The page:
Forgive the funny look on my face in the above video thumbnail. Our adult Sunday school class is currently going through a remote study of the Westney Catechism, a catechism on Christian doctrine written and published by Westney Baptist Church in Ajax, Ontario. Westney's theologian-in-residence is Craig Carter, whose books I have been reading recently in my doctoral studies.

I'm sharing the video because I love how this portion of the study lays out what I consider to be the most importance aspects of Christian teaching. I'm not suggesting that there is such a thing as "less important" teaching, but that, as Al Mohler has stated, Christians need to learn to do theological triage--that is, to distinguish between the foundational aspects of Christian doctrine and those other aspects that are secondary, and then focus most attention on the former. In this video, I work through the what I consider to be three of the main aspects of Christian teaching (what follows are not sentences from the catechism verbatim, but summary statements of my approach): 

1. What is Scripture? 

It is the revealed Word of God, written for our instruction,  bearing out the message of the Person and work of Jesus Christ, so that lost people would come to know Him and thereby enter into eternal, joy-filled life with God. The Bible is bi-covenantal, meaning that it is written in two parts, both after God reveals himself to a chosen people - the Old Testament to Jewish prophets, and the New to messianic Jewish apostles who believed Jesus to be the promised Messiah. The Old employs typology and prophecy to predict and promise Jesus. The New demonstrates Jesus' coming, and interprets the typology and prophecy of the Old so that they make sense in Him.

2. What does it mean to believe in Jesus? 

It means to believe the Bible's message because the Bible's goal is to reveal Jesus. Scripture is not a set of instructions more than it is a revelation of a Person so that lost people, in finding Him, would themselves be found (Lk. 15:5). You can't have Jesus without the Bible, nor can you know Jesus without the Bible. Why? First, because each gospel account - Matthew, Mark, Luke, and John - anchors Jesus' identity in the Old Testament (so we need the OT to understand and appreciate him); second, everywhere in the gospels, Jesus upholds the authority of the OT as the Word of God to which his followers are responsible (ie, Matt. 4:4); and third, He told His disciples that He would send them His Holy Spirit to keep fresh in their minds all that He said and did and to help them to understand the meaning of it all (Jn. 14:26, 16:13). Therefore, they wrote, and their inspired writing comprises the the New Testament. Jesus ties himself to His Word, because He is Himself the Living Word (Jn. 1:1), and as the church opens the Bible and proclaims Him, He still speaks (Heb. 12:25). There is no Christianity that doesn't take Biblical doctrine seriously.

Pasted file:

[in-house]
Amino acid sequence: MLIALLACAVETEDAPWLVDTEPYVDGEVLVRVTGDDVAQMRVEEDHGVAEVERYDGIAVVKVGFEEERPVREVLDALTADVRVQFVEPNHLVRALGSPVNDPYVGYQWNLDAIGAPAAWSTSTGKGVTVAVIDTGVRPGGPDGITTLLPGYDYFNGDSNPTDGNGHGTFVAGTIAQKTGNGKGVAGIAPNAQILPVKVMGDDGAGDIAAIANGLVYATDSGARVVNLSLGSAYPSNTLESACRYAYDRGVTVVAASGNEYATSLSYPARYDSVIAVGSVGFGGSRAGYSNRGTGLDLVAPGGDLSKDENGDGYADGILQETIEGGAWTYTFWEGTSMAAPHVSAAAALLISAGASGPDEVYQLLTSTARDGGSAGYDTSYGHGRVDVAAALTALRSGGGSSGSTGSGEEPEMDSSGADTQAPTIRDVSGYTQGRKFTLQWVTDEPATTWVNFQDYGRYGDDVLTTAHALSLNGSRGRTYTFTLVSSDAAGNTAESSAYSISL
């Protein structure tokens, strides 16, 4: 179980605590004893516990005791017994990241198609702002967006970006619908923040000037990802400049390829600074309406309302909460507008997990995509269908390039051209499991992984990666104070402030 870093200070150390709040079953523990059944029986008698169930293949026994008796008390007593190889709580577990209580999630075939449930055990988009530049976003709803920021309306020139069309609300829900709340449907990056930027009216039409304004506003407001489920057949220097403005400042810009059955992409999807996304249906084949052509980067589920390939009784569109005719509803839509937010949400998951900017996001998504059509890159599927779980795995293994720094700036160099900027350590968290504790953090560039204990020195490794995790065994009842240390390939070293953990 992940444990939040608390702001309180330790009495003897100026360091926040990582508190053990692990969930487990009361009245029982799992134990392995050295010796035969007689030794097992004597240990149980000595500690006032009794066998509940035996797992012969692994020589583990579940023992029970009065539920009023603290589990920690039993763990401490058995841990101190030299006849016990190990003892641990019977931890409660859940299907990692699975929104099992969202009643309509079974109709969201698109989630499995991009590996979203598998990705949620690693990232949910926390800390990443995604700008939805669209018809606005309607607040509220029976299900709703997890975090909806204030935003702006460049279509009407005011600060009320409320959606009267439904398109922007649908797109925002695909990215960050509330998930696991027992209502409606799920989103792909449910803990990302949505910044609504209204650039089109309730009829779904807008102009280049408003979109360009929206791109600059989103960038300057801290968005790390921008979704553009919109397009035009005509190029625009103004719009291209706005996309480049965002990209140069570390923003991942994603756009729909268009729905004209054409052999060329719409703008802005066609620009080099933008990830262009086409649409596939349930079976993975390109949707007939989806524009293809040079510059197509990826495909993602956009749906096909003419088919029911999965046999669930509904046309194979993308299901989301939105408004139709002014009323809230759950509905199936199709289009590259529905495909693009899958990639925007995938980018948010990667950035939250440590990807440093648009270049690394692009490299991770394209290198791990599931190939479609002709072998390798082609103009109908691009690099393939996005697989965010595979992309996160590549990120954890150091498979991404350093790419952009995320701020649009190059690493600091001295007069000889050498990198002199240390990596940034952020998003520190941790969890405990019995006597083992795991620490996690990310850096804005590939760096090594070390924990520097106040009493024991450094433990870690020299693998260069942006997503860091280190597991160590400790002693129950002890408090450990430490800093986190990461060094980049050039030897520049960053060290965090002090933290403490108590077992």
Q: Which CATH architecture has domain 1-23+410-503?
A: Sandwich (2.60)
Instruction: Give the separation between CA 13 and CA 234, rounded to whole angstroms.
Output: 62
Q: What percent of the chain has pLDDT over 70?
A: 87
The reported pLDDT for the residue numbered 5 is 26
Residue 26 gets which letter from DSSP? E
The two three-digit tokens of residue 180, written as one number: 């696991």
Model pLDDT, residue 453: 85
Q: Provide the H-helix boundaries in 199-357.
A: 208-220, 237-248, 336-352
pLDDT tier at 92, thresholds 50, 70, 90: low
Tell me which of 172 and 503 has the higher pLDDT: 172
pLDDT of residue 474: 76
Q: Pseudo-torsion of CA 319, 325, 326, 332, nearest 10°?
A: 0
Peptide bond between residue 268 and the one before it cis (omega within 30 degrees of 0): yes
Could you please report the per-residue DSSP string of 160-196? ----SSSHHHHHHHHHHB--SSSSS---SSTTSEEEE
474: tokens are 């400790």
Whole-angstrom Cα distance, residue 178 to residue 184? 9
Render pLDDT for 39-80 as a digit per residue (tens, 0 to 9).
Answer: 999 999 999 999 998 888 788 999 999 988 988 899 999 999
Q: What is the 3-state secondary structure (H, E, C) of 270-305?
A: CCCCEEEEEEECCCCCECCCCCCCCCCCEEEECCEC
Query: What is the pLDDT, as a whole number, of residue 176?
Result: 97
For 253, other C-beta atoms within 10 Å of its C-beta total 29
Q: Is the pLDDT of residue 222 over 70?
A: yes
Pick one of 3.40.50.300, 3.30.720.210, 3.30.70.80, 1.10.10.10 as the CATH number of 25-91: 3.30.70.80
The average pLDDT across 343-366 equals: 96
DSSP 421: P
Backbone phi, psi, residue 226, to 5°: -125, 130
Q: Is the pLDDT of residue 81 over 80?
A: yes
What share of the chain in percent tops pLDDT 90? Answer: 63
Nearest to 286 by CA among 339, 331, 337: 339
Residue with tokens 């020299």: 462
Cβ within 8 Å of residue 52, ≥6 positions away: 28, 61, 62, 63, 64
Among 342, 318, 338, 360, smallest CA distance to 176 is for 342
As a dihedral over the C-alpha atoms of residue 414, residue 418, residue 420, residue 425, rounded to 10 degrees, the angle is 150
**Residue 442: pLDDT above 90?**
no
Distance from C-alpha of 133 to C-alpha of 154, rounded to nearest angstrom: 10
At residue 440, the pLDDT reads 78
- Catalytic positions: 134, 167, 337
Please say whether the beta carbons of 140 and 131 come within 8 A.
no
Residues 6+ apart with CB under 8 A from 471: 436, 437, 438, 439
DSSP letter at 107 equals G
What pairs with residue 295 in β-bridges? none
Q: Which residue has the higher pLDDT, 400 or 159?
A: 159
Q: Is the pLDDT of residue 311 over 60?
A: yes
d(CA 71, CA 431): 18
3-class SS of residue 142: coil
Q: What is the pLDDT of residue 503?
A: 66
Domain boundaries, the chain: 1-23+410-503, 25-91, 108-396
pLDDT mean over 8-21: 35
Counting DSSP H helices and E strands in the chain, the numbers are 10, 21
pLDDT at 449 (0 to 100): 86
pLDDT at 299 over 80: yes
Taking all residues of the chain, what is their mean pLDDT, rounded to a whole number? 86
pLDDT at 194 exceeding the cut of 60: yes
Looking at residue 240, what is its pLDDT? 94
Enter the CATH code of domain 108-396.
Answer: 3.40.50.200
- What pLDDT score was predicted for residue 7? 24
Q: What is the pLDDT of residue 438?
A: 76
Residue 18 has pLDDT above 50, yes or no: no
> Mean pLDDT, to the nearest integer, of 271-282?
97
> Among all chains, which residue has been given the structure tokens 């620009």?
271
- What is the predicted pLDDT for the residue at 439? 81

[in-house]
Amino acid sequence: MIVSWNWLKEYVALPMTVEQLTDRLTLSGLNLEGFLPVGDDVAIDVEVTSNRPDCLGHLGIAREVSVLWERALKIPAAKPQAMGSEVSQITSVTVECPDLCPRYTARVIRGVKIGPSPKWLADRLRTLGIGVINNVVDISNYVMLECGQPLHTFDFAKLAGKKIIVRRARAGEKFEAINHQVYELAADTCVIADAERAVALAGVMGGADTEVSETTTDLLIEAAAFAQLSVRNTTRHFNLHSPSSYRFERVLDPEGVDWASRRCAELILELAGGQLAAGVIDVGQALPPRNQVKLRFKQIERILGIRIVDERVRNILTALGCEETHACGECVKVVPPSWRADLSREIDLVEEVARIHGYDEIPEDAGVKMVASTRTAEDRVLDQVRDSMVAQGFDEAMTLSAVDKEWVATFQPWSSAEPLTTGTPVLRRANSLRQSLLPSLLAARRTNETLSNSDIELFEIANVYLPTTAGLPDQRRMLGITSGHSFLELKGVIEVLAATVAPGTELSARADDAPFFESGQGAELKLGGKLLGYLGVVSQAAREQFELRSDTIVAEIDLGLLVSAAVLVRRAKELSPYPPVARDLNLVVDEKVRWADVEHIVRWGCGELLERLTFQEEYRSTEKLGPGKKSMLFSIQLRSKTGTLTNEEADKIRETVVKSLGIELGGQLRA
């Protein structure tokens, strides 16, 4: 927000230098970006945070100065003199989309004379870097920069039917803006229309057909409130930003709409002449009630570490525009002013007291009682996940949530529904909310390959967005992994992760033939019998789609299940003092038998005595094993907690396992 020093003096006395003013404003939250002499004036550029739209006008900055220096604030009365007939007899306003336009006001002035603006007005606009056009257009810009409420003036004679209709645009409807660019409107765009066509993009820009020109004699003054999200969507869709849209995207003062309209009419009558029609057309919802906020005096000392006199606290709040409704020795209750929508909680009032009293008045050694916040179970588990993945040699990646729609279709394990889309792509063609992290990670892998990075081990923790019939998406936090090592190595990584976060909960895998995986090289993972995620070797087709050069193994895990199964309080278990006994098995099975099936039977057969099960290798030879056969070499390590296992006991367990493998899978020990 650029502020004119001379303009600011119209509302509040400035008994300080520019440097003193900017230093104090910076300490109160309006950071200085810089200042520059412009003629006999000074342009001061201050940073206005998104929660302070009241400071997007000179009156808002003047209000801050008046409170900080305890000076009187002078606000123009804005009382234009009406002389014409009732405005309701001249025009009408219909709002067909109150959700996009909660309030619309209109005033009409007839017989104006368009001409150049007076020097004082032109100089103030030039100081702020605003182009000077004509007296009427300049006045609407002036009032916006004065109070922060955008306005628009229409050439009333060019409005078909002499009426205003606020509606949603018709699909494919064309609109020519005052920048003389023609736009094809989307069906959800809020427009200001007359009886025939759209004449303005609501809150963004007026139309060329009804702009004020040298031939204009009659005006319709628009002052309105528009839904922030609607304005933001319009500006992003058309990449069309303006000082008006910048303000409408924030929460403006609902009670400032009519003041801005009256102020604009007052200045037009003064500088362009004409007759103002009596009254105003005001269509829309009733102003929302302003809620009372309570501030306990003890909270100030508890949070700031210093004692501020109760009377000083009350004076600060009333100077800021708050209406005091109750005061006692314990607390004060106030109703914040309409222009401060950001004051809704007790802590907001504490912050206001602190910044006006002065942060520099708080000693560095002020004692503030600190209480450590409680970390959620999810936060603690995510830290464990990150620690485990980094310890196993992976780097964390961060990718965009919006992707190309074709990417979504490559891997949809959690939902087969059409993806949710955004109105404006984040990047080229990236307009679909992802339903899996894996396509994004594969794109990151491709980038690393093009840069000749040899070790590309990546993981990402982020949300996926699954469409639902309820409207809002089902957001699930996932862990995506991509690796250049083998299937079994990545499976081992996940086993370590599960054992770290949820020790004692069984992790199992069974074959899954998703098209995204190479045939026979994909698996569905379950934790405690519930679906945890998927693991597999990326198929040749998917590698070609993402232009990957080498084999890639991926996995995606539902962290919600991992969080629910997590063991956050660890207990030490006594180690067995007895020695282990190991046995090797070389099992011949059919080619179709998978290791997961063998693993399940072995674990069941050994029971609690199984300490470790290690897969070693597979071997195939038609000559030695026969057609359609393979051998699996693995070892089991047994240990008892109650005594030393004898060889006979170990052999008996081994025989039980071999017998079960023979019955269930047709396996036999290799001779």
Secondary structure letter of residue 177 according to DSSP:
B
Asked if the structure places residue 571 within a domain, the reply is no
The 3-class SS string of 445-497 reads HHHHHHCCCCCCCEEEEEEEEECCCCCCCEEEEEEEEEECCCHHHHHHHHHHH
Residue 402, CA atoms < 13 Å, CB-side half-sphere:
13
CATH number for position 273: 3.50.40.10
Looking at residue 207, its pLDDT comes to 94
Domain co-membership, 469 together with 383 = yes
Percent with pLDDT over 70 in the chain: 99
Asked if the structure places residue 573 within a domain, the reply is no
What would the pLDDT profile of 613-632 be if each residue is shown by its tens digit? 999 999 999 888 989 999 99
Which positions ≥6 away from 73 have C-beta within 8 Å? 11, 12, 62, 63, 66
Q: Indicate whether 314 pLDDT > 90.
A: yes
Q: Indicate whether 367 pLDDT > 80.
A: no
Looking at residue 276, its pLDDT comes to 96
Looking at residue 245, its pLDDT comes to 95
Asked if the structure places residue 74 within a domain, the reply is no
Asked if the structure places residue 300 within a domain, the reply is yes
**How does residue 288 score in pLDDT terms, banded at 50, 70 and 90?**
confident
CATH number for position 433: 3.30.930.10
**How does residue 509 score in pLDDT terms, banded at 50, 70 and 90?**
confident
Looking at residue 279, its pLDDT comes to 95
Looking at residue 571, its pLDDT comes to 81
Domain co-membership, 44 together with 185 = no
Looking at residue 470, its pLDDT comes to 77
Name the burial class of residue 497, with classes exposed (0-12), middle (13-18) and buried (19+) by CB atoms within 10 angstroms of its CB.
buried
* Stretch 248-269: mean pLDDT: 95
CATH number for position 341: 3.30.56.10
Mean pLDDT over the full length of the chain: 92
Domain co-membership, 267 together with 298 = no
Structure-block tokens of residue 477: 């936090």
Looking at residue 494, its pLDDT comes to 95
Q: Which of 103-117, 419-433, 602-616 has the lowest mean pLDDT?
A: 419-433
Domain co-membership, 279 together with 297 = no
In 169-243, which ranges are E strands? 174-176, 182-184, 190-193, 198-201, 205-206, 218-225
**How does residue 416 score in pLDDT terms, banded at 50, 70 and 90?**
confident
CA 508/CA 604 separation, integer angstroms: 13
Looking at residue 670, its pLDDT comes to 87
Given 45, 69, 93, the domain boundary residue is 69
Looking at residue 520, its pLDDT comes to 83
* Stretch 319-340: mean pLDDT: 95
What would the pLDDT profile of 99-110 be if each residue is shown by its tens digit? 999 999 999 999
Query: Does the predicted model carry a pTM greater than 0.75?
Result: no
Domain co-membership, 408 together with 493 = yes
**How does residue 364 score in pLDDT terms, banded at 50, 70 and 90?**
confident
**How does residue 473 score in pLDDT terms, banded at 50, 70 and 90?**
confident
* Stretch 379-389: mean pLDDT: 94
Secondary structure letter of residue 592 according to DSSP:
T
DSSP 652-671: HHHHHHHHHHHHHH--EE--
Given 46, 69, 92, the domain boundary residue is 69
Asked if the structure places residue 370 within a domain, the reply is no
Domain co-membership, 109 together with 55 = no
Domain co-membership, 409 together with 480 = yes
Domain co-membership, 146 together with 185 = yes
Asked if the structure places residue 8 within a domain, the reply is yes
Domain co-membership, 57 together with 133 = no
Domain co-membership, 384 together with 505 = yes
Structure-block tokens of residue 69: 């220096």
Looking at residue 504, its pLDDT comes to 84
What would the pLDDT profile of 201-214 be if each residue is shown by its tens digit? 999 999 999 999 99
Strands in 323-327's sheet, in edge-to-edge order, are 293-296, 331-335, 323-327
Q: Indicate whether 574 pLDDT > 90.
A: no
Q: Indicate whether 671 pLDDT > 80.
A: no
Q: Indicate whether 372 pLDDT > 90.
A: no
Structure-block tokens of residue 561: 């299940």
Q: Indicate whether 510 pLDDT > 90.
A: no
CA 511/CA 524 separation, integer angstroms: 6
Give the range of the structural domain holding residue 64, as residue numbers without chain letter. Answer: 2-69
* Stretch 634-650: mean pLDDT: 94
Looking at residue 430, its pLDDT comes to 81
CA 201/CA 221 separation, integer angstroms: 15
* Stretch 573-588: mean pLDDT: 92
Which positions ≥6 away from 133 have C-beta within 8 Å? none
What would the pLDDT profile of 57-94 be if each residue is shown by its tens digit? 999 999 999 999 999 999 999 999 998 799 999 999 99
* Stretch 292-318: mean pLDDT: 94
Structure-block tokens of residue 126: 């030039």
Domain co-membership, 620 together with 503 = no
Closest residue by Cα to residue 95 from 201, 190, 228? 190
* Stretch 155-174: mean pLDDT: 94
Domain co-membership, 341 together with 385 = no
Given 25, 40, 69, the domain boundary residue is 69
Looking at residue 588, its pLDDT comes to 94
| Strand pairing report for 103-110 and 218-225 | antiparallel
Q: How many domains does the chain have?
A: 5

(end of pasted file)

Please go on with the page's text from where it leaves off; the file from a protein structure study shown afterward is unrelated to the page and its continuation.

3. Is there a place for creeds and confessions? 

Yes, because we late modern Christians are not the first Christians. Rather, generation after generation of believers has come before us. Therefore, Paul passed down the teaching to Timothy who was then himself supposed to pass it down (2 Tim. 2:1-2). And Jesus prayed (and continues to intercede for) those who would believe the Apostles' message (see John 17:20-25), promising that He'd continue to lead them into His truth (17:26). It is good for believers to study and utilize the reflections on Scripture offered by previous generations. 

That is why the Westney Catechism uses the Apostles Creed as a "convenient and reliable way to sum up the Biblical message." The creed is framed in orthodox Trinitarian terms (I'll make a few comments under some chosen sections): 

Father 

I believe in God, the Father almighty, Creator of heaven and earth 

    -Notice that the Creator is a Father - creation was produced by the outflowing of the eternal loving relationship of the Son and the Father. Hence, all things being made through Christ, the Word (Jn. 1:1-4).

Son

I believe in Jesus, God's only Son, our Lord, who was conceived by the Holy Spirit, born of the Virgin Mary, suffered under Pontius Pilate, was crucified, died and buried. 

    -Note, Jesus couldn't have had an earthly father involved in his conception, because sin would have passed to him since "all sinned" in Adam (Rom. 5:12, 19). Yes Eve was the deceived one (1 Tim. 2:13-14), but Adam was responsible, and sin passes through the dad. Hence, circumcision throughout the OT is a reminder of Adam's responsibility (and also the responsibility especially of dads). But Jesus had his mother Mary and his Heavenly Father, as the Holy Spirit conceived him in Mary. 

He descended to the dead.

    -Note, I like this rewording, from "He descended into hell." In one sense, He went through hell at the cross, and then went to the dead. 1 Peter 3:19ff is a difficult passage to use in support of a notion that Jesus went into hell after death, especially considering that he told the thief on the cross that He'd see him in paradise that same day (Lk. 23:43).

On the third day, he rose again; He ascended into heaven, and is seated at the right hand of the Father, and he will come again to judge the living and the dead. 

    -Note, according to Daniel 7, the Son of Man receives the Kingdom when he appears before the heavenly throne. That's why He went back to heaven - having accomplished the work the Father gave him to do, He receives the Kingdom. And He thus sends out His Spirit to believers (Ac. 2:33), and they are transferred into His Kingdom (Col. 1:13-14). The Kingdom is not on earth yet in fullness, but it is present substantially in the church and among believers throughout the world.